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Science and the Environment

New Species of Shark Spine Found in Smallin Cave

1400 feet back into the depths of Smallin Cave, owner Kevin Bright and the Executive Director for the Missouri Institute of Natural History Matt Forir found an extinct shark spine fossilized in the limestone of the caves.

They think the fossil might be the spine of a new shark species. However, they do know it is of the genus ctenacanthus and was about three feet long. Forir says throughout the cave, particularly the ceiling, you will find the occasional sharks tooth or bone fragment – but he says he’s never found anything like this.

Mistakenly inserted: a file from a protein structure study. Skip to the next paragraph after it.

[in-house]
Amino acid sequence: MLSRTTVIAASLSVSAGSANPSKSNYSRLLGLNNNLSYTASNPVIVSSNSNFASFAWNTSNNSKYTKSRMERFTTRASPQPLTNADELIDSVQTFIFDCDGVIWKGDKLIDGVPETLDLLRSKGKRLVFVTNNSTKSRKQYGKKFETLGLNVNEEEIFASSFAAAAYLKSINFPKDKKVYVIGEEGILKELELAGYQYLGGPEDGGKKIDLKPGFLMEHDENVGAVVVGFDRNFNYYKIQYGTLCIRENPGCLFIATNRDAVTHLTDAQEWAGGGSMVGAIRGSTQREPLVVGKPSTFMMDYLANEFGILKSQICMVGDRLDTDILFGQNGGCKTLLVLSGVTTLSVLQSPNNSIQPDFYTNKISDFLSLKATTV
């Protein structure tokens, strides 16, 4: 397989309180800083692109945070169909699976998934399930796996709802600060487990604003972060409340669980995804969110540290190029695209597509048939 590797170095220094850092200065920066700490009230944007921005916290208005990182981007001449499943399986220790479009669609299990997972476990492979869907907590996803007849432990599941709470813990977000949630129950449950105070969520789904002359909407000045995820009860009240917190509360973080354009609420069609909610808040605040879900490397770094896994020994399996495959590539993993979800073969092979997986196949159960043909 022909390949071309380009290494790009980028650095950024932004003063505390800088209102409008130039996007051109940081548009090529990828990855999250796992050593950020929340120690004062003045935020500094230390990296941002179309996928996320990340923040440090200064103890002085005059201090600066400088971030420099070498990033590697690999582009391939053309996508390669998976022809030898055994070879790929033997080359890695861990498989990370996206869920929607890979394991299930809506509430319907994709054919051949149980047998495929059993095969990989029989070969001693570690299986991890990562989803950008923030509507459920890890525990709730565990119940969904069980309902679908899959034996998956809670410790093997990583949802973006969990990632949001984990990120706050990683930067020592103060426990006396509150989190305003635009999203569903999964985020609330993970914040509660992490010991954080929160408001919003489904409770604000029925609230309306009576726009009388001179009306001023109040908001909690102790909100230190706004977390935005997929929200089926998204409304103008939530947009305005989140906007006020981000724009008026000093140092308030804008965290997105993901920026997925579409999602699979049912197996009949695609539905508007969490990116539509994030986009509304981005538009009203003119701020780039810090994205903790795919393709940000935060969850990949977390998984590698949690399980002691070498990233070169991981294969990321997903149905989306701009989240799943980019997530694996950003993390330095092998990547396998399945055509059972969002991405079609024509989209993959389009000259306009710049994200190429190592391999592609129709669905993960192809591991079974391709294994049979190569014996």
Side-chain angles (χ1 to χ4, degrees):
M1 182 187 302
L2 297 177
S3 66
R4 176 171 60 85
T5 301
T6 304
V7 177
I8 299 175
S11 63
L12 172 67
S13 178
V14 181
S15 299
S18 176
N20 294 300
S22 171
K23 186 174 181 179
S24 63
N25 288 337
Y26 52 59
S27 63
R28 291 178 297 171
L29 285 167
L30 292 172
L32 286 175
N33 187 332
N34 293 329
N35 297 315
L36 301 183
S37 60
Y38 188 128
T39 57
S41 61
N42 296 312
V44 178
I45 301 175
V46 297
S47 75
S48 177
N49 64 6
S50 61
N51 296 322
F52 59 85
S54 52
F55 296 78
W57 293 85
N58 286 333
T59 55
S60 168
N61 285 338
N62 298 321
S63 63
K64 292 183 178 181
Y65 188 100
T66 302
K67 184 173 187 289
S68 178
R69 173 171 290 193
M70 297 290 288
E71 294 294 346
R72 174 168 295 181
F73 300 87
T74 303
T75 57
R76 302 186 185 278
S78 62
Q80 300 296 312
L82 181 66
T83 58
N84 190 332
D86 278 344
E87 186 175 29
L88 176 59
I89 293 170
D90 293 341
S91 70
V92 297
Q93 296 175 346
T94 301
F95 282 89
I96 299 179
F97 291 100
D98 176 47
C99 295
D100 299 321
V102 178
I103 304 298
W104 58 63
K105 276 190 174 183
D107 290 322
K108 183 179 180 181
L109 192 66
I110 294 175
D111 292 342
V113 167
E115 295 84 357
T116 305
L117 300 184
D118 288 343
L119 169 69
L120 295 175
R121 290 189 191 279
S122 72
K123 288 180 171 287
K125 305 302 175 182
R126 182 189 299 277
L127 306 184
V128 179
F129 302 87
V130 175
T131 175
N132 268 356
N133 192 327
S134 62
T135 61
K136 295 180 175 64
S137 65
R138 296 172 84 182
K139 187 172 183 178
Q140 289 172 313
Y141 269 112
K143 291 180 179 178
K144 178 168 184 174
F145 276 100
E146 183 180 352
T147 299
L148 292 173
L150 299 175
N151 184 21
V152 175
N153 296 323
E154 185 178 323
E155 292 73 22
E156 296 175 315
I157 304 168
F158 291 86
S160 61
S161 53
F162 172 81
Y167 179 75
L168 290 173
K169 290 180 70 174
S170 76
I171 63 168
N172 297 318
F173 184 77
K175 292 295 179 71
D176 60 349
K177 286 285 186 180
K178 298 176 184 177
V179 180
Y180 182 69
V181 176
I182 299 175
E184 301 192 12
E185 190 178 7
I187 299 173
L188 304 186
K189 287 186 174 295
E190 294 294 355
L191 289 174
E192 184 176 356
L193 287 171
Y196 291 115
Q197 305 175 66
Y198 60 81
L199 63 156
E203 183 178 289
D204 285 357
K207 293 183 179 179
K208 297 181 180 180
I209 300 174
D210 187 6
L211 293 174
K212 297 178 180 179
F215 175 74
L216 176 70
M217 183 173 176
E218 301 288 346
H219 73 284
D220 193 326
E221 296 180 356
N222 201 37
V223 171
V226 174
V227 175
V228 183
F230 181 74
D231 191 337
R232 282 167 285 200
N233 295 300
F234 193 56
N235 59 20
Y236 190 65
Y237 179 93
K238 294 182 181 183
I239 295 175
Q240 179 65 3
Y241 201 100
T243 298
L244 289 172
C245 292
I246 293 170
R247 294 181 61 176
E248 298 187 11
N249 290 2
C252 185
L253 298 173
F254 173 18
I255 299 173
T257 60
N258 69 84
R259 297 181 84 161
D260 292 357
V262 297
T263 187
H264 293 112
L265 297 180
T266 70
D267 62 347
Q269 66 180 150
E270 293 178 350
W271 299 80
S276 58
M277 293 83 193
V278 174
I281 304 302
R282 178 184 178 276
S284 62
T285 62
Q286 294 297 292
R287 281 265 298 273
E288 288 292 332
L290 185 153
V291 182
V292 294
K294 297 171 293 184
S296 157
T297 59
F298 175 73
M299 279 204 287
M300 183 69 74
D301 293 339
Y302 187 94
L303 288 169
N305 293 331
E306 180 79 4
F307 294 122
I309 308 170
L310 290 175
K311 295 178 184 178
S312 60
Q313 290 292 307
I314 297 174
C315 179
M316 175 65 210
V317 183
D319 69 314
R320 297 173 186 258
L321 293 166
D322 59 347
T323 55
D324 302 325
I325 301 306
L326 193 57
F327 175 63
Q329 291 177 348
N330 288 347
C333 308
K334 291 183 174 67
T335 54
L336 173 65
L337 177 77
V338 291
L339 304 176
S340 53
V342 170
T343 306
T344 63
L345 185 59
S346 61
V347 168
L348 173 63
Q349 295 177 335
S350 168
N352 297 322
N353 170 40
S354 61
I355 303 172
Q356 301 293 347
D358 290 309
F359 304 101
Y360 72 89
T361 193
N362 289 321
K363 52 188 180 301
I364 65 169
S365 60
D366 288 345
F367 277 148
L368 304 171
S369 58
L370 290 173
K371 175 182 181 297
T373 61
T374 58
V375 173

The cave has what Forir says is a vertebrate horizon - meaning when the cave had water running through it, the Burlington limestone would deposit along what was then the river bed. It would also leave behind a layer of fish remains. These remains are now fossils that show the predators of over 350 million years ago in the Ozarks.

“Back then, the ocean covered the Ozarks. We were near the equator and so kind of picture the Bahamas, sandy beaches, coral reefs, shallow sea less than 300 feet deep. If you had a boat, it might be nice. That is what the Ozarks would have looked like,” Forir says.

For now, the spine remains at Smallin Cave in Ozark, Missouri for public viewing.

For more information, check our our website,

For KSMU News I’m Shannon Bowers.